January 25, 2012

How to Choose the Right Indoor Marijuana Grow Lights

January 25, 2012
Cannabis cultivators need effective indoor grow lights to grow cannabis like this.

When growing marijuana either recreationally or medically, it is important to know which equipment and methods are going to give you the most bang for your buck. Your choice of seeds, soil, and lights will all severely affect the outcomes of your cannabis creation. While seeds and soil are important, your cannabis plants require light for the photosynthetic process, and as such, lighting can make or break a cannabis grow.  

Light Measurements

It is important to understand that nanometres (nm) are a measurement of one specific wavelength of light (one specific color is one billionth of a meter on the scale), while Kelvin (K) measures the “color temperature” of a light and offers an indication to the peak nanometers (nm) within the spectrum that each light offers. More on that later…

Why Do Light Measurements Matter?

Marijuana plants flourish in a light spectrum between 420nm and 750nm. This range is ideal for the plants, as this kind of light falls in the P.A.R. (Photosynthetically Active Radiation) spectral range of solar radiation which is from 400 to 700 nanometers. This is the range of light that photosynthetic organisms, like our marijuana plants, use for photosynthesis. 

Some artificial light outside of this range can be used to mimic seasons of growing like spring or autumn, which enable plants to generate significant growth. Has science gone too far!? 

As with visible light, each of the spectral colors has its own wavelength band: 380nm – 430nm = violet, 430nm – 500nm = blue, 500nm – 520nm = cyan, 520nm – 560nm = green, 560nm – 590nm = yellow, 590nm – 625nm = orange, and 625nm – 780nm = red. These ranges are important because they easily quantify the kind of light you’ll need to “feed” your marijuana plants during varying growth stages. 

For plants, the green and yellow ranges of the spectrum are slightly less useful because the light in these wavelengths is reflected by leaves. This is why we perceive most plants as green! Almost all plants can use light across the entire visible range for photosynthesis, but some wavelengths are more useful during specific stages of a plant’s growth. The blue, orange, and red ranges each have different impacts on plant growth. 

Light with high proportions in the blue range (420 to 550nm) can enhance vegetative growth, while the orange and red ranges (550 to 750nm) strongly influence flowering and fruiting. This can actually be observed in nature! In the spring and early summer, plants are bursting into growth because the light in the sky is more blue. In the shortening days of late summer and early autumn, the light is typically warmer due to the greater proportions of orange and red. 

I know I have been berating you with science facts, but stay with me, it will be to your benefit. The noteworthy takeaway here is that marijuana plants need light from specific parts of the spectrum with specific amounts of light intensity to create proper and speedy bud production. 

What Kind of Grow Lights Are There?

There is an endless array of lights! For our purposes, we will only focus on those most effective for growing marijuana. First, you have HID (High Intensity Discharge) lights like HPS (High Pressure Sodium) and MH (Metal Halide) lights. There are also fluorescent and compact fluorescent (CFL) grow lights, as well as incandescent lights. The other important category you’ve likely heard of due to its recent surge in popularity is LED (Light Emitting Diode) lights.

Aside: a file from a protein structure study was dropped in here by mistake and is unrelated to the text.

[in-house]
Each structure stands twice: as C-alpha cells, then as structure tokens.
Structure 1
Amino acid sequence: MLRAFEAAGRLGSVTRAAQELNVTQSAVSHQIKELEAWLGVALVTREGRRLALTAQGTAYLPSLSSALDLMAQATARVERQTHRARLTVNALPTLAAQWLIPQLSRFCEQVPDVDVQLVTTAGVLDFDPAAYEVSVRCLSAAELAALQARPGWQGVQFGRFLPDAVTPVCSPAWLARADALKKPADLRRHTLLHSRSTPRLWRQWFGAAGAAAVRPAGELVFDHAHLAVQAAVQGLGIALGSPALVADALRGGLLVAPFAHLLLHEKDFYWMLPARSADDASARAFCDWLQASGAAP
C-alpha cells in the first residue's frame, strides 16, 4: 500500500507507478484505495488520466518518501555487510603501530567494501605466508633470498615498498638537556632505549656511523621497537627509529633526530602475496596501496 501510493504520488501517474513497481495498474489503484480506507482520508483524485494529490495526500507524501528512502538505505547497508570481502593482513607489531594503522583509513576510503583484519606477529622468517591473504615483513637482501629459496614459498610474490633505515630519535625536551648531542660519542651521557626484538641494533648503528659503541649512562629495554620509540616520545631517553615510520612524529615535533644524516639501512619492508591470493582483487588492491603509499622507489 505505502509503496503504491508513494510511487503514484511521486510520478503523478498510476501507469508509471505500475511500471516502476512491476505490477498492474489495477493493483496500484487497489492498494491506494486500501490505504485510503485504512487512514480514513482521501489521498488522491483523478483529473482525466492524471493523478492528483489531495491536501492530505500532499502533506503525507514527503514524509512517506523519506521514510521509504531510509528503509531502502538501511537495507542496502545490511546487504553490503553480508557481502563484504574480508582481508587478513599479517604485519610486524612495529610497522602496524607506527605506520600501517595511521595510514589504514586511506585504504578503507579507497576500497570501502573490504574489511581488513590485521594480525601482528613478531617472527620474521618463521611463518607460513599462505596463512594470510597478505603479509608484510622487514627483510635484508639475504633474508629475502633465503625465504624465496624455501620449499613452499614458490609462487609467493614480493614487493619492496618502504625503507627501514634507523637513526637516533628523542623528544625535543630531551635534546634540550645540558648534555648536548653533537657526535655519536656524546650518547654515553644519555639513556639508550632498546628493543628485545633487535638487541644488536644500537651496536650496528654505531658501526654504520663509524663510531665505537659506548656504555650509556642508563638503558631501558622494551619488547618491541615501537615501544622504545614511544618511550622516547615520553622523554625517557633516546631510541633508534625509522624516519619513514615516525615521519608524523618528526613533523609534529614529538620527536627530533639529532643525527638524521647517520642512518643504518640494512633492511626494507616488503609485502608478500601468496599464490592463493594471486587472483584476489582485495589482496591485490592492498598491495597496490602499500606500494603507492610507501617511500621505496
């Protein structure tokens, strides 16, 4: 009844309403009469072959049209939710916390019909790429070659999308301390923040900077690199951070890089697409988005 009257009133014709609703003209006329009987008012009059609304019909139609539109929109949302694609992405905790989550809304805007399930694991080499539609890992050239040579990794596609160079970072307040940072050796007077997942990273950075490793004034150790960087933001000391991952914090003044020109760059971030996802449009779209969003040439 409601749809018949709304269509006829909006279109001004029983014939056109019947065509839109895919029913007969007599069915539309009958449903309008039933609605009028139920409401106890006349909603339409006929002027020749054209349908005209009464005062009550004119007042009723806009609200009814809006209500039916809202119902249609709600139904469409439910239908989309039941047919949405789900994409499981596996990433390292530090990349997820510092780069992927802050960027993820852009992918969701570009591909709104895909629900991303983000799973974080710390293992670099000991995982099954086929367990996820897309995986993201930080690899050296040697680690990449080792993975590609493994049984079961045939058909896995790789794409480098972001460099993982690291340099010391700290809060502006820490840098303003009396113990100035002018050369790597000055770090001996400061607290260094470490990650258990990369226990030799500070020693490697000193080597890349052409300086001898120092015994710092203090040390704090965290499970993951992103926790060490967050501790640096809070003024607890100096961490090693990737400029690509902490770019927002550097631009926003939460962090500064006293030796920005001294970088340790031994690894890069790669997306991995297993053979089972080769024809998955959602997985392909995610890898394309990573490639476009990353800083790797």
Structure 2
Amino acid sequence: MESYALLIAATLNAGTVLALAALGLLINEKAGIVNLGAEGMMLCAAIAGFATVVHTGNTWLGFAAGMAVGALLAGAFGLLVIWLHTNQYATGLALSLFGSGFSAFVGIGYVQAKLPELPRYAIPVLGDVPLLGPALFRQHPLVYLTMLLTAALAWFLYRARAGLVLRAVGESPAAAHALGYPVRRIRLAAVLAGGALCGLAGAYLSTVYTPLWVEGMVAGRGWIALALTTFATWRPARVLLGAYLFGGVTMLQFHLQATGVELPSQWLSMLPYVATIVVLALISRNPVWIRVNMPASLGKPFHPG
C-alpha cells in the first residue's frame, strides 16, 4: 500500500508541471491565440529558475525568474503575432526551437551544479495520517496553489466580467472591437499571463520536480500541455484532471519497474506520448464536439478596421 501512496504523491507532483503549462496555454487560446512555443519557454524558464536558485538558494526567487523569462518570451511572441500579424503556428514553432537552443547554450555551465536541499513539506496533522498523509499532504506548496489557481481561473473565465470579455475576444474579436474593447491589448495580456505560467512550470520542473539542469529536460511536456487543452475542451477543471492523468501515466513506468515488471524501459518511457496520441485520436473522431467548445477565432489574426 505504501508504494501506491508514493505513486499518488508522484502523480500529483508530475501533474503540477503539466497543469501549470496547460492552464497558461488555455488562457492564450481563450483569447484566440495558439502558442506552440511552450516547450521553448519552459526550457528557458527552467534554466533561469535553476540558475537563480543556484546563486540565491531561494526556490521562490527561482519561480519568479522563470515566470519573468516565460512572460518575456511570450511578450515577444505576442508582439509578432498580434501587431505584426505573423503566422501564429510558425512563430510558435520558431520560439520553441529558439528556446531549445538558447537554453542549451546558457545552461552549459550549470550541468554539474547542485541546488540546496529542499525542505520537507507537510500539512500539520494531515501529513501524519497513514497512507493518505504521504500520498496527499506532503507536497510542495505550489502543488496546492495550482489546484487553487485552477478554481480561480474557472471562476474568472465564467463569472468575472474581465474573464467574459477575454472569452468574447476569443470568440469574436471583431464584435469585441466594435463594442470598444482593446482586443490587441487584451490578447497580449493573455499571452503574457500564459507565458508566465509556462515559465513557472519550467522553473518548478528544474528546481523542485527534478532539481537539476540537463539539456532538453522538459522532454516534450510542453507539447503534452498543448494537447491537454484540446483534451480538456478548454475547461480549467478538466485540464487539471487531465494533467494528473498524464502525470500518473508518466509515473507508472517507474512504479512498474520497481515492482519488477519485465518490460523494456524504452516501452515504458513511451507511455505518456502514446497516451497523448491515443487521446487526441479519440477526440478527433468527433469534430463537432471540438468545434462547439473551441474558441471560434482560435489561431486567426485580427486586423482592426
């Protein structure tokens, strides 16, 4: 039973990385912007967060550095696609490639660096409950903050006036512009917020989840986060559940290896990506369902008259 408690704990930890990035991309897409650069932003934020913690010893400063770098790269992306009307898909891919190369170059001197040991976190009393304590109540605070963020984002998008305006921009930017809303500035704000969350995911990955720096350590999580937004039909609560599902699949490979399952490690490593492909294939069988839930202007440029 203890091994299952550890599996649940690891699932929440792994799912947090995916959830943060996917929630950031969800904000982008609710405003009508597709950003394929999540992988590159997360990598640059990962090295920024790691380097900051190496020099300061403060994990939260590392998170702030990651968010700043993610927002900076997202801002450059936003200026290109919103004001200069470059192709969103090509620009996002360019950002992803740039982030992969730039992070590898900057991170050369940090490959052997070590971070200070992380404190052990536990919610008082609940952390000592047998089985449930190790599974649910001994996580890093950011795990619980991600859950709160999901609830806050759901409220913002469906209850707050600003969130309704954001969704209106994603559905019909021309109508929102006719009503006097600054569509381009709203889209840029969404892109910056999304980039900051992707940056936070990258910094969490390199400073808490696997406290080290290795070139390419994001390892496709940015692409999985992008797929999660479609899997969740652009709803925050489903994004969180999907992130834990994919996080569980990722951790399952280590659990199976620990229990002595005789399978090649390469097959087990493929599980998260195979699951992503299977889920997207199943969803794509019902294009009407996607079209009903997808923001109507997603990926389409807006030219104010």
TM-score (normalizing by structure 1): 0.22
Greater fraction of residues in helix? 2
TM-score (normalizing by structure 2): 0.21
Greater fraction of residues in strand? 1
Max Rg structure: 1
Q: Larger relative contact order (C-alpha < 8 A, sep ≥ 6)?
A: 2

HPS lights produce light in the spectrum between 540 and 700 nm, which typically means yellow, amber, and red light colors. This is the best range for flowering marijuana. 

MH lights create light between 350 and 550 nm, which typically means blue, green, and yellow light colors. MH lights are great for the vegetative growth stage, however they can negatively impact the flowering stage.

Fluorescent and CFL grow lights are perfect for germination and seedlings. They are very popular for growing low-light plants like herbs and African violets. Fluorescent lights have low intensity and need to be placed within 8” (up to 15” for shade loving plants) of the plants to be effective. They are generally a poor light source for flowering primarily because of their low lumen output. 

Incandescent lights are also excellent for starting germination and seedlings, but they should be avoided for the vegetative and flowering growth stages because of their low lumen output and limited range. In recent years, LEDs have overtaken CFLs even in small cultivation areas due to the vast improvement in the cost of powerful LEDs.

LED grow lights are all the rage today. These bad boys have the capability to produce a mixture of light spectrums! It is best to find one that can easily simulate sunshine, which is basically white light. The best LEDs are full spectrum which cover PAR with some blues, some reds, and most importantly, a very stable white.

It’s easy to see that these LEDs are optimal since they cover the full growth spectrum between 420 and 750 nm. With this wide range, these lights can be used for growing marijuana from tiny seed to giant, glorious bud.

Which is Better HID or Full Spectrum LED Grow Lights?